Yesterday, TalentCulture hosted a #tchat entitled “Why Compliance is A Complex HR Necessity.” (You can read the great recap here.) Every participant in the chat agreed that compliance is difficult and no fun. Laws constantly change, and just when one issue appears settled, two or three more pop up that require HR to reevaluate policies, procedures, and job descriptions. (We’re looking at you, proposed FLSA regulations and paid sick leave.) The #tchat included a number of questions about the use of technology as a compliance tool. That got us thinking about what compliance-minded HR professionals need to look for in HR technology.
Vendor Knowledge. HR tech vendors may not have HR directors or recruiters to advise them on the ins and outs of compliance. When you’re selecting a vendor, you should ask questions about compliance. If the technology helps sort candidates, is the vendor confident its selection criteria do not unlawfully select or de-select individuals? If the tech recommends pay levels based on performance metrics, is the vendor knowledgeable about equal pay considerations? Testing the compliance knowledge of vendors should be a critical component of any selection process and should be revisited when laws change or when contracts are renewed.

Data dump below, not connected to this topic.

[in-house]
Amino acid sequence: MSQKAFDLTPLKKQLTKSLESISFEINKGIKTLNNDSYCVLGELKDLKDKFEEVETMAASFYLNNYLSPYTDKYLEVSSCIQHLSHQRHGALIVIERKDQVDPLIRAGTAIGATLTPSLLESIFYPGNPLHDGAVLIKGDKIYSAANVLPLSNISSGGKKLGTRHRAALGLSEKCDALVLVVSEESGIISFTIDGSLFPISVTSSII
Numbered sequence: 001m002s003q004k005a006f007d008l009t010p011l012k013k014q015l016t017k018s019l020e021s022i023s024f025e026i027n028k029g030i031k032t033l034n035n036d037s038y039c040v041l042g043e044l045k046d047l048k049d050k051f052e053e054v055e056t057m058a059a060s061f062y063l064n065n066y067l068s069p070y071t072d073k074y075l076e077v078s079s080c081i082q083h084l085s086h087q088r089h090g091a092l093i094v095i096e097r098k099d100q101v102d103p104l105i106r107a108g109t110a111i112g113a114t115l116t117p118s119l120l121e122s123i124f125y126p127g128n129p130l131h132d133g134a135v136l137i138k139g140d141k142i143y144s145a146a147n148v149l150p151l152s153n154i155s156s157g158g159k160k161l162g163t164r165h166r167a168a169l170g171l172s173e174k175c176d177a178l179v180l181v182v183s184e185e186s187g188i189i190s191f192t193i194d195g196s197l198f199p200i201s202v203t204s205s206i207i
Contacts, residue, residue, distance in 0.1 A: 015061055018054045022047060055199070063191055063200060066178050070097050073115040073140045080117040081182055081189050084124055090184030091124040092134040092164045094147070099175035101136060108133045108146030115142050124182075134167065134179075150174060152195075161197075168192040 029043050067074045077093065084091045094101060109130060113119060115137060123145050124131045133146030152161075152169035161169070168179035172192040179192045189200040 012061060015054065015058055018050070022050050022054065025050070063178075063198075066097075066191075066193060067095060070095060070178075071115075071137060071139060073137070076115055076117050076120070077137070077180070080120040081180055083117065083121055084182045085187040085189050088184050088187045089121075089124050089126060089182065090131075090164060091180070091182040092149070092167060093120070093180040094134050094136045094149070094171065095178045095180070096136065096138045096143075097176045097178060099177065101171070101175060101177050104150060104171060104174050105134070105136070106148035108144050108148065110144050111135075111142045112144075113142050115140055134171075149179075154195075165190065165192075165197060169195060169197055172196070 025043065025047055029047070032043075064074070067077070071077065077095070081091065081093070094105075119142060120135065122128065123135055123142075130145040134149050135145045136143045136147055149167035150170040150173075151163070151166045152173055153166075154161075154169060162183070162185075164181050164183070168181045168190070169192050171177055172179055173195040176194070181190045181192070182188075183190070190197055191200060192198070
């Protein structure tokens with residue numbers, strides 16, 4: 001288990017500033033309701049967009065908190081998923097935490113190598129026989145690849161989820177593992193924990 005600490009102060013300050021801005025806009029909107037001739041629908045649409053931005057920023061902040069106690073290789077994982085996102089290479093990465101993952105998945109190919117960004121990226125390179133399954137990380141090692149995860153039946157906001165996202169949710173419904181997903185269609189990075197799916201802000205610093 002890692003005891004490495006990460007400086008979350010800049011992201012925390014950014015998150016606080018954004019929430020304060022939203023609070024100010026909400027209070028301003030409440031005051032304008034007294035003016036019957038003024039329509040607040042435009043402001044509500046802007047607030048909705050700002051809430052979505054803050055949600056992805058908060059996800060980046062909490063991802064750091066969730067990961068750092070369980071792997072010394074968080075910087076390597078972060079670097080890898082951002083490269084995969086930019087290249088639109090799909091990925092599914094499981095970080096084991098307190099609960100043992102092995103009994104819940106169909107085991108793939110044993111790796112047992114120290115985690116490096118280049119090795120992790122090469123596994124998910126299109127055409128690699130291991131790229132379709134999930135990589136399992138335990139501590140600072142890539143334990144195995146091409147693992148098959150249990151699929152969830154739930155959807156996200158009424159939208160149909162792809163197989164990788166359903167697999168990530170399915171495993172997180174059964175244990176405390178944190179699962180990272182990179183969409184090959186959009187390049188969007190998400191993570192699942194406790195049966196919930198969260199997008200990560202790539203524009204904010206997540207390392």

Collaboration and Customization. HR tech should not be an “off the shelf” purchase. The “one-size fits all” (or “one size fits most”) mantra of some vendors can result in compliance issues. State and municipal employment laws can differ wildly from jurisdiction to jurisdiction, and different laws may require different processes and forms. Take, for example, the “ban the box” initiatives that have been implemented around the country. An online application may lawfully ask if an applicant has ever been convicted of a felony in New Rochelle, New York, but the same question is unlawful in New York City. A savvy HR tech vendor will want to collaborate with you to customize its product to fit your needs. If a vendor won’t commit to collaboration on compliance issues, their product might not be the right one.
Reporting. A number of government agencies require or will require some level of reporting of human resources information. The EEOC’s EEO-1 survey is due each September 30. The OFCCP requires affirmative action documentation and reporting for federal contractors and hopes to implement a new Equal Pay Report shortly. Many states have other reporting requirements. In addition to reports required by the government, HR departments should be able to use their technology for their own reports and analysis with just a few clicks.
HR compliance is time consuming and requires constant vigilance. HR tech vendors should understand that fact, commit to helping you remain compliant, and assist you in getting what you need. If compliance isn’t front and center for your tech vendor, it may be time to shop elsewhere.
Posted by Kate Bischoff